Back in 2007 I had my first experience of life without stimulants, but it wasn’t until 2008 that I really got it. We are so desensitised from the over stimulation from our diets, and are so in that rapid fire zone, we have no idea that we’re in it!
I spent more than one month at the beginning of 2008 doing my yoga teacher training and apart from a weak cup of chai twice a day, I went saatvic, removing all stimulants in my diet & lifestyle.
No smoking, no drinking, no drugs. No coffee, no meat, no eggs, no chilli, no vinegar, no strong spices in general, no soft drinks, very little sugar, no onion & no garlic.
I felt amazing.
My mind had been running at full speed. Racing around, jumping up and down to conclusions, to potential and impossible outcomes. Causing me no end of turmoil and frustration.
Suddenly I was aware of its racing. It wasn’t all at once calm by any means. But it was a beginning. An awareness, and with yoga came an understanding of the mind’s tendency to race and wander and pursue and create. With it came the tools to start to become conscious of the wily situations it creates and to begin to bring it under my control, rather than be at its beck and call.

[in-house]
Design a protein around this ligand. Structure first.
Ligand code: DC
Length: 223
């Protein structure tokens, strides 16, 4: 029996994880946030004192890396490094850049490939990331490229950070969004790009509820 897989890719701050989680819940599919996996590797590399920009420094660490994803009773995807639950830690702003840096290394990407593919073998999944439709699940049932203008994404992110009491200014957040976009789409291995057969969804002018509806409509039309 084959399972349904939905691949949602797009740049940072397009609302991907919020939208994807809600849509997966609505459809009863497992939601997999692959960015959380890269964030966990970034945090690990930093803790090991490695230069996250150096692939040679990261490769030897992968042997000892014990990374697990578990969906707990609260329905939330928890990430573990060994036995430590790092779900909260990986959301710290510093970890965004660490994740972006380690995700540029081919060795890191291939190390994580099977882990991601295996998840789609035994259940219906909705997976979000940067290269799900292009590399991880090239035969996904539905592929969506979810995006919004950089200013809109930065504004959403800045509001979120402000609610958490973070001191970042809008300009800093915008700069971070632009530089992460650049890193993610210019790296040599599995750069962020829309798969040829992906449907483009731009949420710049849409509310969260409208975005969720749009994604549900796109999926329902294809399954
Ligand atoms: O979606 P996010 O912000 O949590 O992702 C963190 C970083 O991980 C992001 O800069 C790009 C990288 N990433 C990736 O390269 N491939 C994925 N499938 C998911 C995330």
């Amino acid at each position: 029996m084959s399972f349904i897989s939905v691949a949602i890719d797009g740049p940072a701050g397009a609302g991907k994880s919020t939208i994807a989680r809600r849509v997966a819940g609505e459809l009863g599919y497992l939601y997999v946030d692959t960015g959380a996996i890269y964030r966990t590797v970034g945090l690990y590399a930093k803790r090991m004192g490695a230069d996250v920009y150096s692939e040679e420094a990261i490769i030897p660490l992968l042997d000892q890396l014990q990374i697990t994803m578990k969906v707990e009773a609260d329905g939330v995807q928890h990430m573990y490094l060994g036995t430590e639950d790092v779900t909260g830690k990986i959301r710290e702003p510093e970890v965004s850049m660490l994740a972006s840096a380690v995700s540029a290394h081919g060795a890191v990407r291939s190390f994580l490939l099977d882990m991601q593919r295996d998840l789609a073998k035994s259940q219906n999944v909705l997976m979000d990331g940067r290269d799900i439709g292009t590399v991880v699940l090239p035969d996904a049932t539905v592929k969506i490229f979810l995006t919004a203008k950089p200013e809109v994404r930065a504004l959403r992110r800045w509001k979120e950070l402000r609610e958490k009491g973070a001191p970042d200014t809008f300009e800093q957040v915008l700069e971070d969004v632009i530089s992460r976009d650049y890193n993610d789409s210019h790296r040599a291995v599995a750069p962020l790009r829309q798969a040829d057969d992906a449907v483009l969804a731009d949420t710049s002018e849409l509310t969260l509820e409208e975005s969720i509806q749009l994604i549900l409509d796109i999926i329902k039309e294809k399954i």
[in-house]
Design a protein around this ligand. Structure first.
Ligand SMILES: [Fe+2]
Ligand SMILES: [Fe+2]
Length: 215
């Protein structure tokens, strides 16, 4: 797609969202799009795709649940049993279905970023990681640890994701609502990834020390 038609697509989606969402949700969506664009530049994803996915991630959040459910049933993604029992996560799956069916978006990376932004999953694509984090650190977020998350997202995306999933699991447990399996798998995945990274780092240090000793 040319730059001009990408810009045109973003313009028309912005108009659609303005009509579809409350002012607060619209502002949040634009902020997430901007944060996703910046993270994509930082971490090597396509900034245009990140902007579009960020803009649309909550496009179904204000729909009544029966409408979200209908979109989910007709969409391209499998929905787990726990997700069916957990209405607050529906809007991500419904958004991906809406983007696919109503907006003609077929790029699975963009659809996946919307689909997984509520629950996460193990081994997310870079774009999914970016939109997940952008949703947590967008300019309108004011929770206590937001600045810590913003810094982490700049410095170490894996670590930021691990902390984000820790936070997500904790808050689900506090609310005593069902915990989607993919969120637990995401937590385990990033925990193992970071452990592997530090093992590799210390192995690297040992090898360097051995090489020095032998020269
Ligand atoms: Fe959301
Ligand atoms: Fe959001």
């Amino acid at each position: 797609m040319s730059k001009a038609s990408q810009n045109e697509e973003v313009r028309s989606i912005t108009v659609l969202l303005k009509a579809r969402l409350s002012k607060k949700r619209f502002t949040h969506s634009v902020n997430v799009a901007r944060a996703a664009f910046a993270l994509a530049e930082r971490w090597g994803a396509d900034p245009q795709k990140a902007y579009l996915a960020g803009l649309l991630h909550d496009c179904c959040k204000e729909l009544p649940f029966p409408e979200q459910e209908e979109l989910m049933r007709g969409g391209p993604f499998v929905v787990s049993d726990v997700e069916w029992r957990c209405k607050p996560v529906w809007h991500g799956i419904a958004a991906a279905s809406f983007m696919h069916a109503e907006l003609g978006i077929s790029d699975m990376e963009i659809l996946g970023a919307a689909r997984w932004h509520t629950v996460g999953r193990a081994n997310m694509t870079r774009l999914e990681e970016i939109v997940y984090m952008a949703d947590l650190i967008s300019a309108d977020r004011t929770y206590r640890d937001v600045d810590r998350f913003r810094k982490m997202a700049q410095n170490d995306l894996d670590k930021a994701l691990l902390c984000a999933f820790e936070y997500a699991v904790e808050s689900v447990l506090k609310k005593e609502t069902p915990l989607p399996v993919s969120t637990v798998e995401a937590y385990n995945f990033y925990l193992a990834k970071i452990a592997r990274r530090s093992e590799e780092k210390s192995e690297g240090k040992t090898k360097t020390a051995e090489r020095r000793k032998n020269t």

I remember the first time I left the ashram, after 1 month within the same grounds. How bright and colourful the outside world was. How strong the smells. The tastes.
And then I had a cup of coffee, a paratha and a spicy Indian curry. I felt the rush going down my arms, I started talking ten to the dozen and I couldn’t hold a thought in the face of my chilli, onion and garlic, caffeinated high!
It was incredible!
I tried continuing life in London some time after, living this saatvic diet. It was tough, I concented on the garlic and onions and slowly crept back up to a slightly stimulated world.
At some point the occasional coffee became more regular and with it came anxiety. Whilst I continue to consent on the garlic and onion, without which at times, I would probably be slumped at my desk dozing; the closest I can get to caffeine is my daily dose of antioxidants in the form of mildly caffeinated green tea and the occasional treat of a chai. (If only it were supped under the cherry tree with my dear friend Gayatri).
Green tea has been said to have many benefits, from fighting bad breath, to reducing cholesterol, burning fat and fighting cancer cells. Don’t just take my word for it, take the daily mails… Better still, listen to your own body, see if you can feel the difference from when you drink caffeine versus green tea. See what happens if you’re feeling under the weather and you drink green tea and lots of water instead of taking lemsip and drinking cups of tea to make you feel better. See if you can feel the goodness working from within.
A really tired day and I’ll double dose on green tea, but i’ll take the barista’s raised eyebrow… you can keep your caffeine and do me a decaf soya latte please sir. One with a heart shape patterned in the middle preferably. With a slice of vegan cake. Nice.